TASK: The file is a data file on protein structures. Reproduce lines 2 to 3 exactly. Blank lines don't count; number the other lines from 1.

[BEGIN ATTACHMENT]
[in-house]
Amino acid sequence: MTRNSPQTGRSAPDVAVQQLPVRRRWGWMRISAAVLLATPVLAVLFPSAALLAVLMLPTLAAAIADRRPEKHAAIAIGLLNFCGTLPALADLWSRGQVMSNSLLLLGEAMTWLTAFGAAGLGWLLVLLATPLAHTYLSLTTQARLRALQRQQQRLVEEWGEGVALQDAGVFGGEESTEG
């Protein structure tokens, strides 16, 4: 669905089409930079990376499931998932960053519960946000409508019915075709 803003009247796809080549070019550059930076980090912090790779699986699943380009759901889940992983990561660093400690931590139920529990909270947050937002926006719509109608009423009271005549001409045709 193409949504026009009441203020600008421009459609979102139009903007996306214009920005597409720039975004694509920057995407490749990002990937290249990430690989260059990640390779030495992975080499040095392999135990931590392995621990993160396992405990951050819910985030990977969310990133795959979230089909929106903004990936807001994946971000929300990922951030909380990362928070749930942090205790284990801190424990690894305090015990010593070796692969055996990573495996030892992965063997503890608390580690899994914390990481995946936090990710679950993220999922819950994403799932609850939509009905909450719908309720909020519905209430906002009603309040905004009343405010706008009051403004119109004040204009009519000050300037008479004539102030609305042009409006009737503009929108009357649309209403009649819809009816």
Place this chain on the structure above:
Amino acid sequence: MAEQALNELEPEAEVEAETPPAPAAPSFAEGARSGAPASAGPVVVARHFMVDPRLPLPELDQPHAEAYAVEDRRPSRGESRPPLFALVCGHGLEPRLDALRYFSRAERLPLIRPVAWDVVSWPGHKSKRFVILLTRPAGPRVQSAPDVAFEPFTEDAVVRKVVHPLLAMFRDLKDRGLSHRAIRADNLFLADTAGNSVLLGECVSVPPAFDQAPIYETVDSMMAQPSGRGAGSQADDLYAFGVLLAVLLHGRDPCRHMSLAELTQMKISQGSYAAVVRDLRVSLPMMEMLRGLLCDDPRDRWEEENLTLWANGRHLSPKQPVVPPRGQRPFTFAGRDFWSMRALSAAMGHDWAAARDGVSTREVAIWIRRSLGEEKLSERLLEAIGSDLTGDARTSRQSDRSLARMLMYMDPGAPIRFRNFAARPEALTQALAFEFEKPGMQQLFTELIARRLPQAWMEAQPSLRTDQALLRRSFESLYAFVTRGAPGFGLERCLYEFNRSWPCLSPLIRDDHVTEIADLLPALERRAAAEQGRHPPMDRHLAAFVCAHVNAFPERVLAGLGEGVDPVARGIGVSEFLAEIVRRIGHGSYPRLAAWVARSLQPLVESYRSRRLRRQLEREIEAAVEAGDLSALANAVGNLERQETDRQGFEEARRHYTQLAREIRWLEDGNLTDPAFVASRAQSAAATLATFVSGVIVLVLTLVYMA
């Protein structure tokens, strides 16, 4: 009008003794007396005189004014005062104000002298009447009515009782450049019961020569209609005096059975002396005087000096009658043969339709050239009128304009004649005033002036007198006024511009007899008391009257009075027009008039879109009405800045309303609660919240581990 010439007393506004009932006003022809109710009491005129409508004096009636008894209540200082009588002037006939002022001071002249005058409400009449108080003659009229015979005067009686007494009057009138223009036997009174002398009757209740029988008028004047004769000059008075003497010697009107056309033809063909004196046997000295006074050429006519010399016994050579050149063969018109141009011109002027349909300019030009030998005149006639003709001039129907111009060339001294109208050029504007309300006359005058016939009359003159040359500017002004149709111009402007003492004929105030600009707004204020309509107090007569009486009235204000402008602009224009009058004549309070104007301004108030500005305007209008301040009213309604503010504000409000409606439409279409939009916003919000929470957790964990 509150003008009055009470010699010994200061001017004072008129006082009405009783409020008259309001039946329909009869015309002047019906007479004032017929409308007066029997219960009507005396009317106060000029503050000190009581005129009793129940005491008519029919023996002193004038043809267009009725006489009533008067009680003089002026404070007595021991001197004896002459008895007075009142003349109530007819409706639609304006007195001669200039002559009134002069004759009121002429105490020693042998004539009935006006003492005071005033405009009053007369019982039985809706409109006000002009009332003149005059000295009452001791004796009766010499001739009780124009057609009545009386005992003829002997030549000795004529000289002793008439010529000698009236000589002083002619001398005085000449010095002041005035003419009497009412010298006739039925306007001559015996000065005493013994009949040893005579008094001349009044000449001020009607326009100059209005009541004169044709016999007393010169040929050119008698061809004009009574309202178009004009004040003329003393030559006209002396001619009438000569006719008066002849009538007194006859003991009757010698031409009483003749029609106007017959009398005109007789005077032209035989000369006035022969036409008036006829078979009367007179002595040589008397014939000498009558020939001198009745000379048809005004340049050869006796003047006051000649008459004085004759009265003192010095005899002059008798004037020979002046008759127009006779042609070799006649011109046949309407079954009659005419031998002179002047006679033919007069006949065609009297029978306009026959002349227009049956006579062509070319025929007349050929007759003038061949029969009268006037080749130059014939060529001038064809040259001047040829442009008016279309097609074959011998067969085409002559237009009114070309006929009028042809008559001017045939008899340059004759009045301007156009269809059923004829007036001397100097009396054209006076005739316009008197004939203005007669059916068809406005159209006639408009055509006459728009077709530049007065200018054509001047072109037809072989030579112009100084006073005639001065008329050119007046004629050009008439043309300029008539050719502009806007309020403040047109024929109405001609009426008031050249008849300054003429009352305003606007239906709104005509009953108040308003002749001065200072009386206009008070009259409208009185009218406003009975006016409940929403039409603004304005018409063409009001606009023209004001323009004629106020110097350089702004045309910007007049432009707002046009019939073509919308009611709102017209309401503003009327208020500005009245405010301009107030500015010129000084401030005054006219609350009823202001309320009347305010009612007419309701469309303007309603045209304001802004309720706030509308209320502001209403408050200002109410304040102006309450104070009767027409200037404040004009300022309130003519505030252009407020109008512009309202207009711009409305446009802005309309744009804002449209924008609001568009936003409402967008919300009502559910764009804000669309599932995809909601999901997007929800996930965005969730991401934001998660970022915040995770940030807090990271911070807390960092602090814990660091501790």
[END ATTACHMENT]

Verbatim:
Amino acid sequence: MTRNSPQTGRSAPDVAVQQLPVRRRWGWMRISAAVLLATPVLAVLFPSAALLAVLMLPTLAAAIADRRPEKHAAIAIGLLNFCGTLPALADLWSRGQVMSNSLLLLGEAMTWLTAFGAAGLGWLLVLLATPLAHTYLSLTTQARLRALQRQQQRLVEEWGEGVALQDAGVFGGEESTEG
């Protein structure tokens, strides 16, 4: 669905089409930079990376499931998932960053519960946000409508019915075709 803003009247796809080549070019550059930076980090912090790779699986699943380009759901889940992983990561660093400690931590139920529990909270947050937002926006719509109608009423009271005549001409045709 193409949504026009009441203020600008421009459609979102139009903007996306214009920005597409720039975004694509920057995407490749990002990937290249990430690989260059990640390779030495992975080499040095392999135990931590392995621990993160396992405990951050819910985030990977969310990133795959979230089909929106903004990936807001994946971000929300990922951030909380990362928070749930942090205790284990801190424990690894305090015990010593070796692969055996990573495996030892992965063997503890608390580690899994914390990481995946936090990710679950993220999922819950994403799932609850939509009905909450719908309720909020519905209430906002009603309040905004009343405010706008009051403004119109004040204009009519000050300037008479004539102030609305042009409006009737503009929108009357649309209403009649819809009816």